What Are the Penalties for a First DWI Conviction in Texas?

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There are times in life where a mistake you make can cause you to suffer longterm setbacks and consequences.

Simply getting behind the wheel of a car while intoxicated can lead to a life-altering event that you weren’t prepared for. Before you know it, your entire world has changed.

Not only do you have to live with the fact that you were arrested for a DWI, but there are also several penalties that come along with it.

If this is your first offense, then you should understand the penalties that come with a first DWI conviction. Here’s a guide on what you need to do to minimize the penalties of a DWI charge.

What Is a DWI?

Most people don’t realize that there’s a difference between a DUI and a DWI charge.

Driving while intoxicated (DWI for short) means that you not only got behind the wheel of a car, but you operated it while being drunk, high, etc.

This rule is in place to ensure that all drivers in the state of Texas are of sound mind and physical state when operating a vehicle. While intoxicated, your body doesn’t measure up to those standards.

For those of you that don’t know, a DWI is considered and filed as a class B misdemeanor.

Your first-time penalties are costly, but they’re aimed to provide correction. This will hopefully force you to think twice before getting behind the wheel intoxicated ever again.

What Are the Penalties of a First Time Offender?

Perhaps you’ve already been arrested and convicted of a DWI and are looking ahead to what you should expect.

Maybe you’re doing some research for a friend that was convicted of one. Whatever the reason, what’s done is done. See below for an explanation of the penalties with a first-time DWI conviction.

1. Thousands of Dollars In Fines

As previously mentioned, the fine of a first-time offender is meant to hurt your wallet a bit, but not be detrimental to your livelihood. It serves as a wake-up call, for lack of a better term.

However, those fines are dependent on a few different factors such as your blood alcohol level, who you were driving with, etc.

Because of that, there’s no clear way to tell how much your specific case will be. But the maximum amount you’ll receive on your first DWI is $2,000.

2. Jail Time

Considering your individual DWI case, you might be looking at serving some jail time if the court feels you need correction.

Again, this lies on a few different factors, but your jail time will range anywhere from 3 days to 180 days depending.

If you’re pulled over for a suspected DWI, be as compliant with the legal officers as possible.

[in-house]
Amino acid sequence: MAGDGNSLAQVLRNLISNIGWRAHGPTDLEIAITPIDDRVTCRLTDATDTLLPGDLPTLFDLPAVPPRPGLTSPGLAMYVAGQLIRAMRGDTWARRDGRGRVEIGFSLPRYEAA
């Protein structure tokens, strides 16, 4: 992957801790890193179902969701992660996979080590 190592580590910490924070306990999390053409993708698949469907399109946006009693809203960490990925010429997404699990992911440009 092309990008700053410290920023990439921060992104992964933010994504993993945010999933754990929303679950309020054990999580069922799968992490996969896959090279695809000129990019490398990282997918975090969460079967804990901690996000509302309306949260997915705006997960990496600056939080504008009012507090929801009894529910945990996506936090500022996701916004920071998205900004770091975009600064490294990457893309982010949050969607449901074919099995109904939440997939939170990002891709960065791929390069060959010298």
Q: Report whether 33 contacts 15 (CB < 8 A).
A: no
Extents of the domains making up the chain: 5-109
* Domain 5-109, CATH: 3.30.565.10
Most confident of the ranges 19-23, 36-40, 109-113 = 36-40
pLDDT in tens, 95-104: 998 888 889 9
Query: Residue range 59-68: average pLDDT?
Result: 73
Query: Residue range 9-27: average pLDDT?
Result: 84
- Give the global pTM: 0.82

3. License Suspension

This is possibly the penalty of first-time DWI convictions that will affect your daily life the most.

Your license has the potential to be suspended between 90 days to an entire year. Not many people realize how much they rely on their cars until it’s taken away.

This means that you’ll need someone else to drive you to work, school, activities, social events, etc. Absolutely no driving for up to an entire year.

If there’s any good news to be had in this situation, it’s that you live in an era where there are several other alternate means of transportation to a car.

Possible Complications of Your Case

While those penalties for first-time offenders are relatively mainstream in Texas, there are a few factors that can complicate things.

Hopefully, none of these apply to your situation. But, if they do, you should educate yourself on what to expect.

1. Intoxication Manslaughter

If someone died due to a car accident or collision as you were driving while intoxicated, it is automatically categorized as a second-degree felony.

That can result in jail time that’s between 2 to 20 years in state prison, as well as a fine that could very well exceed over $12,000.

If there’s any connection to someone passing away, and an accident from your intoxication, you could be on the hook for manslaughter.

2. Intoxication Assault

Unfortunately, there are several instances each year in which intoxication led to the injury of someone else.

When that happens, it’s chalked up as an intoxication assault and is categorized as a third-degree felony in the state of Texas.

The penalty for this is jail time ranging from 2 to 10 years in state prison and a maximum fine of $10,000.

3. Driving While Intoxicated with a Minor

The simple fact of having a minor in your car while you were driving intoxicated can escalate things rather quickly.

It doesn’t matter if it was your first-time offense or not, if you had a minor passenger in the car, you will be charged with a felony.

That means anywhere between 180 days to 2 years in state prison and a maximum of $10,000 in fines.

4. Testing .15 or Higher

This is an instance that happens far too often with first-time DWI convictions. The blood alcohol test they submitted comes back with a concentration of .15 or higher.

Whether first offense or not, your situation will be categorized as a class A misdemeanor.

That means a maximum of $4,000 fine, as well as up to 1 year in jail. You may also have your license suspended and when you get it back, you’ll be required to have an Ignition Interlock Device installed in your car.

First DWI Conviction? Get Expertise On Your Side

If you’re going through your first DWI conviction, you don’t have to go it alone. Seek out experience and know-how to represent your case.

Be sure to read this article for more information on the arrest process and what you can expect.

For more inquiries, please call the number at the top of our about us page and we’ll be happy to assist you further.